Sunday, February 7, 2016

Bad Intentions

Mistreating bad people is still mistreating people; and the American system frequently does that.
Garrett Epps "The Nobility of Good Lawyers With Bad Clients"
And I think in that, it's doing exactly what we intend it to do. When Mr. Epps notes that Americans have lived with what describes as the myth that: "The solution to crime, social conflict, and persistent injustice is not reform, not increased democracy and equality, not social improvement—but police, courts, and prisons," he is touching on this. Who wants to make bad people more equal? Who wants to improve their lives? Who wants them to participate more fully in our democracy?

While public officials looking to downplay misconduct in their ranks have begun to alter what it means to have bad apples in one's barrel, the original saying reads as follows: "One bad apple spoils the whole bunch." While this was originally very good advice for keeping fruit fresh, it been taken as a prescription to do away with anyone who finds themselves labelled "bad," and we tend to do so with gusto.

Generally speaking, American society tends to divide lawbreakers, rather arbitrarily, into two broad categories. We can call one of them Robin Hood, and the other Jack the Ripper. Robin Hoods are, unsurprisingly, those people whose breaking of the law we agree with - either because we like that person well enough to give them a pass or because we disagree with the law that was broken to the point where we sanction people placing themselves above it. Jack the Rippers on the other hand, are people we have come to view as a threat. And, as I understand it, we view them as a threat because their breaking the law is not about economic incentives, unmet needs or mental illness, but out of a lack of respect and regard for the rest of us, and the rules that we have put in place. They are, in short, bad people. I've noted before the common refrain we use for young people that "There are no bad children, only bad decisions," and our unwillingness to apply that same logic to adults. And when we start to see people as bad, we don't see them as making bad choices - we often don't see them as capable of choosing at all - they're bad people, and so their default behaviors are going to be bad things. What more needs to be understood?

And once we understand people as bad, from there it's only a short step to "violence is the only language these people understand." Because remember, we've written them off as people who are incapable responding to conditions around them and making rational choices in favor of seeing them basically as animals.

Except for the fact that we tend to have qualms about (visibly) mistreating animals that we don't have about mistreating bad people. And that allows us to put in place a system that makes that mistreatment into a feature, rather than a bug.

Friday, February 5, 2016


I spend a lot of time writing about the things that people do that leave me scratching my head or get on my nerves, despite not wanting my blogging to be simply me complaining about things. So today I'm showing off some miniature painting work done by an acquaintance of mine. Enjoy.

Isn't it amazing what you can do with something only a couple of inches tall?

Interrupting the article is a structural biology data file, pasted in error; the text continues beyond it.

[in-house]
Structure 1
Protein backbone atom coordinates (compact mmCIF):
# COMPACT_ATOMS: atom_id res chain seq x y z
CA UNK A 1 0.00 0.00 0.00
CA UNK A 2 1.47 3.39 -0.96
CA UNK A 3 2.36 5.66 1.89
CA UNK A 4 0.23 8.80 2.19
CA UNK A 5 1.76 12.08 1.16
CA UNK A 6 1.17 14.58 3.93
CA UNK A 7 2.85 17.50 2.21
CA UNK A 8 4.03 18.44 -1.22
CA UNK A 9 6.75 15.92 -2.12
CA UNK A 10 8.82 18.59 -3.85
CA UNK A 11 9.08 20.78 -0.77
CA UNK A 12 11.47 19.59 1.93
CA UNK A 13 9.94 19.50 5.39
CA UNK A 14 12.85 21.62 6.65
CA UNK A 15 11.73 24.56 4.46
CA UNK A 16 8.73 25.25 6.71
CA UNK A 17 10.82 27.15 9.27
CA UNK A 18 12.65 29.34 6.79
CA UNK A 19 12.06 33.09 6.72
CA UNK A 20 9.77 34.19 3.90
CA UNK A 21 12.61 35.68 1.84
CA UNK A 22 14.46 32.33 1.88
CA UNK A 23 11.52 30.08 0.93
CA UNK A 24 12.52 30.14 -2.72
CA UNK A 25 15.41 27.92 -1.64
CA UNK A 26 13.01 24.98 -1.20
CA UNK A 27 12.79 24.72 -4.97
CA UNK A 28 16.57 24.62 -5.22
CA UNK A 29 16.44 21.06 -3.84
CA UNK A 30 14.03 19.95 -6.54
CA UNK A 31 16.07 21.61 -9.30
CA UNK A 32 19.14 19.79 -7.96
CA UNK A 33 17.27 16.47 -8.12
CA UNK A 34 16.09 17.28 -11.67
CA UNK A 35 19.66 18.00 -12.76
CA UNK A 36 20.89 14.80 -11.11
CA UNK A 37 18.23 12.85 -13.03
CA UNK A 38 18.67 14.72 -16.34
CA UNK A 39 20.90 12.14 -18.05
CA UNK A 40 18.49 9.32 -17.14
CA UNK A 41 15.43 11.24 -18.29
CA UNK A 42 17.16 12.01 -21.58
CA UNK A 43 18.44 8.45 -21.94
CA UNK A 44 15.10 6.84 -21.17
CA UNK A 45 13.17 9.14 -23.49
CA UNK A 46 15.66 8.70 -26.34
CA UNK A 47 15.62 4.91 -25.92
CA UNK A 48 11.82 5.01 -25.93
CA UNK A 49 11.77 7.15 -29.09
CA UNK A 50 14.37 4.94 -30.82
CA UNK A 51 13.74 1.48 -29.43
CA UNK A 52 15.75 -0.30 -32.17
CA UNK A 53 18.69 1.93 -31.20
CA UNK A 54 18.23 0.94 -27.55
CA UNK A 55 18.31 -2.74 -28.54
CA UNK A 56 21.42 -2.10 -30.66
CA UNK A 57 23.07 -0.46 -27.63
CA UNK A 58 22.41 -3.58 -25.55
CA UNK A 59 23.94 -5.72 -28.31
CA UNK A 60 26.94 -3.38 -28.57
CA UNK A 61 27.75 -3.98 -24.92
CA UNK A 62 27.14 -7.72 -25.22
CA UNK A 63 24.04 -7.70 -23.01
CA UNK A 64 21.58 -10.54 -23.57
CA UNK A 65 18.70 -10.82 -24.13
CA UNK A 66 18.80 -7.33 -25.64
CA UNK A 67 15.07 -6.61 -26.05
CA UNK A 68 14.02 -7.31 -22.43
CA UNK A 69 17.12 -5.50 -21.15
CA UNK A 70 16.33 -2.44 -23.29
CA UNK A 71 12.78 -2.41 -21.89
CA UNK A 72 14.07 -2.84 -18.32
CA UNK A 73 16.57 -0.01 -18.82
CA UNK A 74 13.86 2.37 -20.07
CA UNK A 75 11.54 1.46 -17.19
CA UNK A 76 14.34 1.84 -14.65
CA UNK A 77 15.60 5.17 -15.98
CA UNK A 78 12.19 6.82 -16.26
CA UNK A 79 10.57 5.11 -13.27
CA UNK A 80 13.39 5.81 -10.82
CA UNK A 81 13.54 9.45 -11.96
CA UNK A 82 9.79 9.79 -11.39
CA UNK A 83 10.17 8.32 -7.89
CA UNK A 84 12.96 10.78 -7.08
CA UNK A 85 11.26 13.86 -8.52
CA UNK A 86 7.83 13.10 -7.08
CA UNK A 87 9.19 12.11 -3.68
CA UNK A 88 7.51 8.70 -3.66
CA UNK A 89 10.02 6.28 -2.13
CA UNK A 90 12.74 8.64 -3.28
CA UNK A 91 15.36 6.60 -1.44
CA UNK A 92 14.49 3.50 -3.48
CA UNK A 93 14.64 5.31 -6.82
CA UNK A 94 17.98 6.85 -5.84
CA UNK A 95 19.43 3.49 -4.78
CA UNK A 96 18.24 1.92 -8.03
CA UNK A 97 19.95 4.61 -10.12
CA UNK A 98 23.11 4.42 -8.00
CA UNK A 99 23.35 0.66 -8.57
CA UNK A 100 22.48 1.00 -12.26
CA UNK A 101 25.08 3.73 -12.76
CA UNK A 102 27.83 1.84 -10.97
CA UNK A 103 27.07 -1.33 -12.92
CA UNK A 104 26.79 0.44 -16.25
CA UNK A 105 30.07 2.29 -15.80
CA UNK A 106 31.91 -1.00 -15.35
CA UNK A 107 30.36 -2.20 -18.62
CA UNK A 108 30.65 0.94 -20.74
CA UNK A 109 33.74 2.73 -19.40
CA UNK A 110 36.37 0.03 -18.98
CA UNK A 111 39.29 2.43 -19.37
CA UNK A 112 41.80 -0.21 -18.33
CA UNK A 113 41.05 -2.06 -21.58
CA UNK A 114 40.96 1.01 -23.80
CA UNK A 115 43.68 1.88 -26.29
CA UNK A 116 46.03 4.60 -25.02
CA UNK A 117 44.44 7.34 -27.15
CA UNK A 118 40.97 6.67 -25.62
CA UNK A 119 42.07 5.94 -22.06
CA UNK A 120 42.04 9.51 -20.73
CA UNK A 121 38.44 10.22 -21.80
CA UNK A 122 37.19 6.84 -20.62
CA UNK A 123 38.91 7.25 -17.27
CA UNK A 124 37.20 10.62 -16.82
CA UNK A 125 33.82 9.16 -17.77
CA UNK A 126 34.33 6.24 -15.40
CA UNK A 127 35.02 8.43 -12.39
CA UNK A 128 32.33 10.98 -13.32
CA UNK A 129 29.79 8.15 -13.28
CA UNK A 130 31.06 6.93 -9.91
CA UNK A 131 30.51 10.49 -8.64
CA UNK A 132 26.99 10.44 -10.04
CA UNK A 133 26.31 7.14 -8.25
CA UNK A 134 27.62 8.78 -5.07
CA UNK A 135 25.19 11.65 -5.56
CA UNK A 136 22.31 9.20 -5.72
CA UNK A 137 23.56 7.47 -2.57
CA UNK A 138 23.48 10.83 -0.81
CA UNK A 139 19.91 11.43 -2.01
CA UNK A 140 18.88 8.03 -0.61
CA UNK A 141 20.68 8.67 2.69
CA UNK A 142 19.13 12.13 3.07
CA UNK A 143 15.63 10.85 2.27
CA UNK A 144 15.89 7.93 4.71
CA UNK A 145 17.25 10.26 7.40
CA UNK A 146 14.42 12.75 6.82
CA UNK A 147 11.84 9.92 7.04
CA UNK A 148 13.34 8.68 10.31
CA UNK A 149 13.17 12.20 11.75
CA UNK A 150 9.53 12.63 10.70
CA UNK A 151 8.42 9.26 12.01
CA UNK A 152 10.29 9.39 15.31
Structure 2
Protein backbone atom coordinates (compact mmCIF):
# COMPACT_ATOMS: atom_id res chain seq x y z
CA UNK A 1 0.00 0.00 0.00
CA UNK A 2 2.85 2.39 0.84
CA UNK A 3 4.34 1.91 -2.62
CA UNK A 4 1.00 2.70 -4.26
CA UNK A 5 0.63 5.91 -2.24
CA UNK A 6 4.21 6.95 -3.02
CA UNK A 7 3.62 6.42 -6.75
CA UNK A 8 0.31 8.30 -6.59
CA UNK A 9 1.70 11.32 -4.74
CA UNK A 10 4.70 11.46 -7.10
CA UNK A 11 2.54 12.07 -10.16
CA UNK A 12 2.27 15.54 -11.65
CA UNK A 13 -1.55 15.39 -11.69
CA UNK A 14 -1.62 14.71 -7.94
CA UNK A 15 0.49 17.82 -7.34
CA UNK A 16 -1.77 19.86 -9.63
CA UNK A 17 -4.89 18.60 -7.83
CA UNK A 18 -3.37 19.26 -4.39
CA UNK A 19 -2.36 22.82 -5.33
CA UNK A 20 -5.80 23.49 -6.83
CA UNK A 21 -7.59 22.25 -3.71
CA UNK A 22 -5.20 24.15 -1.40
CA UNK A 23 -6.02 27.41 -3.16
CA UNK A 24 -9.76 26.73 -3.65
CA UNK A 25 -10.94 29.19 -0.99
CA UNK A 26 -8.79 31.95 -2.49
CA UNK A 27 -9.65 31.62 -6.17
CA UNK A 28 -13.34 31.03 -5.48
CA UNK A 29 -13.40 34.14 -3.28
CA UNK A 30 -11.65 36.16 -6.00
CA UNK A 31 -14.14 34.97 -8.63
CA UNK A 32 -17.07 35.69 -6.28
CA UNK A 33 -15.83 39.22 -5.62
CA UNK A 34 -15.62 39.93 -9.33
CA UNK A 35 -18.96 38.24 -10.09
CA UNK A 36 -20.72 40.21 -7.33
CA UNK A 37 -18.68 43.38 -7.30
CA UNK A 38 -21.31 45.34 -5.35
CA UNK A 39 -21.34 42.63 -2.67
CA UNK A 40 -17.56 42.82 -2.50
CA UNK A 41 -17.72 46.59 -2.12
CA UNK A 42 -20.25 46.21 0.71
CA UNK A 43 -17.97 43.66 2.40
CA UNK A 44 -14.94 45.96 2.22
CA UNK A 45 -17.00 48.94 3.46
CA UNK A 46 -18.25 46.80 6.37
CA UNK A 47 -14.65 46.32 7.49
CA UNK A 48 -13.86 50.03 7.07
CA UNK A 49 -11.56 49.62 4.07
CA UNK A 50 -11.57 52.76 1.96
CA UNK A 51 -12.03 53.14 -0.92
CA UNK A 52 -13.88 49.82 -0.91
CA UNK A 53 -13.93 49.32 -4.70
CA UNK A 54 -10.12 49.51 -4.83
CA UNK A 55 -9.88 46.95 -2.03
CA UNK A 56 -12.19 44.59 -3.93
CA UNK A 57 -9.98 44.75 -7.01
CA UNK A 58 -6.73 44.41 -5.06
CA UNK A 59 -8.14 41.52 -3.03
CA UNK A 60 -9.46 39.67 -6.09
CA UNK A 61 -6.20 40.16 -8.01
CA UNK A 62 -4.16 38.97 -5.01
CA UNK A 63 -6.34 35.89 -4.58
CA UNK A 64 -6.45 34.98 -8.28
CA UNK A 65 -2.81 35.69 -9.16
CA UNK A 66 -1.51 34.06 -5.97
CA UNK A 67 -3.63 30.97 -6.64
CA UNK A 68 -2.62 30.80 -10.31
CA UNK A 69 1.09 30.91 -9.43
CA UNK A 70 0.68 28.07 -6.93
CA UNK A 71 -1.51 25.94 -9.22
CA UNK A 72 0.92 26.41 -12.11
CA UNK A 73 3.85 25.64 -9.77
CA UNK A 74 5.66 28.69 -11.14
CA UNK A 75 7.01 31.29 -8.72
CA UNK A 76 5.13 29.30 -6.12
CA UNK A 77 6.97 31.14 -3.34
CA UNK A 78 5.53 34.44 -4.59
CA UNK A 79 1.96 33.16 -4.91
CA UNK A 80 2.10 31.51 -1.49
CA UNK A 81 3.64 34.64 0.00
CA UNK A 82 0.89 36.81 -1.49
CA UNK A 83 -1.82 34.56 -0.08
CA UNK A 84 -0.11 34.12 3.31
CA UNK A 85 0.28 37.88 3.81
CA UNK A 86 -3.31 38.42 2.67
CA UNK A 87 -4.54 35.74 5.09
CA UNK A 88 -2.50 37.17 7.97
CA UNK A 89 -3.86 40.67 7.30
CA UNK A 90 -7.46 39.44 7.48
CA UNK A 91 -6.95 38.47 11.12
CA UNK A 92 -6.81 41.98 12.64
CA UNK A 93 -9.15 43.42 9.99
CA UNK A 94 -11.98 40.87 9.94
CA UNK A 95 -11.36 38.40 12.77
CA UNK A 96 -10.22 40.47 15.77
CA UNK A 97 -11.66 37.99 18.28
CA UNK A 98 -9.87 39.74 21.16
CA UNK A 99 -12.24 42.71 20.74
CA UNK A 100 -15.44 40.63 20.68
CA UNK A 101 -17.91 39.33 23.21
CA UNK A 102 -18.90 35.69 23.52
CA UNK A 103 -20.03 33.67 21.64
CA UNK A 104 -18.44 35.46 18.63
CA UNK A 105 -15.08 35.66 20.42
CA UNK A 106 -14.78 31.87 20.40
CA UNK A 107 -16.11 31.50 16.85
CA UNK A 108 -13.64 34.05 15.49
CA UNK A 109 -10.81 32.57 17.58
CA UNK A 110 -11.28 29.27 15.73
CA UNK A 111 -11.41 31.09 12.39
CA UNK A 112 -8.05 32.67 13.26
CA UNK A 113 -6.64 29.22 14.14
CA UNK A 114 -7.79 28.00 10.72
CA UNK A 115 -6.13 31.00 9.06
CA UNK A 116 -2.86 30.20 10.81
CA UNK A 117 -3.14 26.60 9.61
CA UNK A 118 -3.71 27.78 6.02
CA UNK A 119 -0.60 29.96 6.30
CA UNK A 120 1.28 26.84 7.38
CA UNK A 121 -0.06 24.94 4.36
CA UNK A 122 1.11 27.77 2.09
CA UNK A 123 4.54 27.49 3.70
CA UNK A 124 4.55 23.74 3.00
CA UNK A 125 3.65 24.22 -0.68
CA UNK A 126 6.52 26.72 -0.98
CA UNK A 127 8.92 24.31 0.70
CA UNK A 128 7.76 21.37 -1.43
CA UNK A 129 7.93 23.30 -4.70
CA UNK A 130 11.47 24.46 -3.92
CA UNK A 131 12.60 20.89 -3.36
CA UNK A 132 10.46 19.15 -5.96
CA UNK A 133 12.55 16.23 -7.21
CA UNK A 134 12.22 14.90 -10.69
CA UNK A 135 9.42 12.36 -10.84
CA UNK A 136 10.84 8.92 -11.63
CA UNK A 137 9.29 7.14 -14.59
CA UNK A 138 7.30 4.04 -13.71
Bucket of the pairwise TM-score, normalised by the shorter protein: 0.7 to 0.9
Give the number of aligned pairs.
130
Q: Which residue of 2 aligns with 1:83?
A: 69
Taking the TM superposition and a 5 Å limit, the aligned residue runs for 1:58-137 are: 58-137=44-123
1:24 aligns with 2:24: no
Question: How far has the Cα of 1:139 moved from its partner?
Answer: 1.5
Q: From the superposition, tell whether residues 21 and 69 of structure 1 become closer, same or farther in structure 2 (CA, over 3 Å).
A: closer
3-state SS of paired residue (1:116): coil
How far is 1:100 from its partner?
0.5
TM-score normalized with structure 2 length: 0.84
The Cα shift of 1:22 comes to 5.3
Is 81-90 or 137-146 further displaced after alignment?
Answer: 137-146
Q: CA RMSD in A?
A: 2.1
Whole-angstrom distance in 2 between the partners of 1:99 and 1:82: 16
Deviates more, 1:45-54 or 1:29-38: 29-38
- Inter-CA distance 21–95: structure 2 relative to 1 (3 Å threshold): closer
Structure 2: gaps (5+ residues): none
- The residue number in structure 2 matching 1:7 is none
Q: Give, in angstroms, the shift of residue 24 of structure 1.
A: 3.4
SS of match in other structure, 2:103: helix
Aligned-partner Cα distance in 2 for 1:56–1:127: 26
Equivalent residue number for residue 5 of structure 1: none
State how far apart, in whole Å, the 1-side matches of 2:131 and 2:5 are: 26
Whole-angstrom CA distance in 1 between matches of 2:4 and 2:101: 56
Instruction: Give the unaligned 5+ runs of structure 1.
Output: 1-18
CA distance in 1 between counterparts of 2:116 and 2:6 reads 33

Monday, February 1, 2016


The following picture was posted to LinkedIn today.

Then I have some prime Montana oceanfront property to sell you - because I'm betting you don't remember the West Coast, either.
Fortunately, we don't have to remember, because Google sees all and knows all, and has plenty of pictures of President Obama hugging uniformed servicemembers. In fact, when you start typing "Obama hugging" into Google, before you even finish, "Obama hugging military" is suggested - even before "Obama hugging Michelle," as in Michelle Obama - the first lady.
The work of about two seconds.
But despite the fact that Google will offer up all of the pictures you could ever want of President Obama hugging men and women in uniform, the posting on LinedIn started attracting comments from people who were positive that the implied accusation, the President Obama didn't care about the military was accurate.

Now I know that for a lot of people, this is evidence of personal or racially-motivated animosity, but I see it simply being partisanship and the self-righteousness that goes with it - the "Everything I needed to know about you, I learned from your party affiliation" school of thought that has been on the rise in the United States over the past couple of decades or so. As it has progressed, this partisanship has become a means of removing moral ambiguity about an otherwise unknown person - in effect, since I know that [Insert Name Here] is a [Insert Opposing Party Affiliation Here], I can intuit from this that he shares none of my commitments to what is good and correct in the world, no matter how outlandish that intuition might be.

As the willingness to separate people into Good and Evil based on their perceived politics grows, it will interfere more and more with out ability to work together. Which is to be expected, and is perhaps inevitable - nations don't last forever, and the United States will be no exception. But the push to hurry the process along seems odd at times.

Sunday, January 31, 2016

Knot For You

This is an important question, especially because it frames the cultural pressures surrounding marriage in the right way: Why don't we teach boys that they need to get married, the way we teach this to girls?
Emma Green, "Wealthy Women Can Afford to Reject Marriage, but Poor Women Can't"
I started to mull this question over, asking myself if there had been a time when the people around me sought to teach me that I needed to be married. And as it turns out, I can remember a time when people told me that I should aspire to marriage. But I wasn't a boy at the time. People tried to teach me that I needed to marry when I was an adult - once I had passed into my twenties and hadn't yet started to actively look for someone which whom to "settle down" or "share life with." After it began to dawn on family, and to a lesser extent, friends (and friends of the family) that I wasn't planning on marrying, as everyone had assumed I would, then they began trying to educate my on why I should.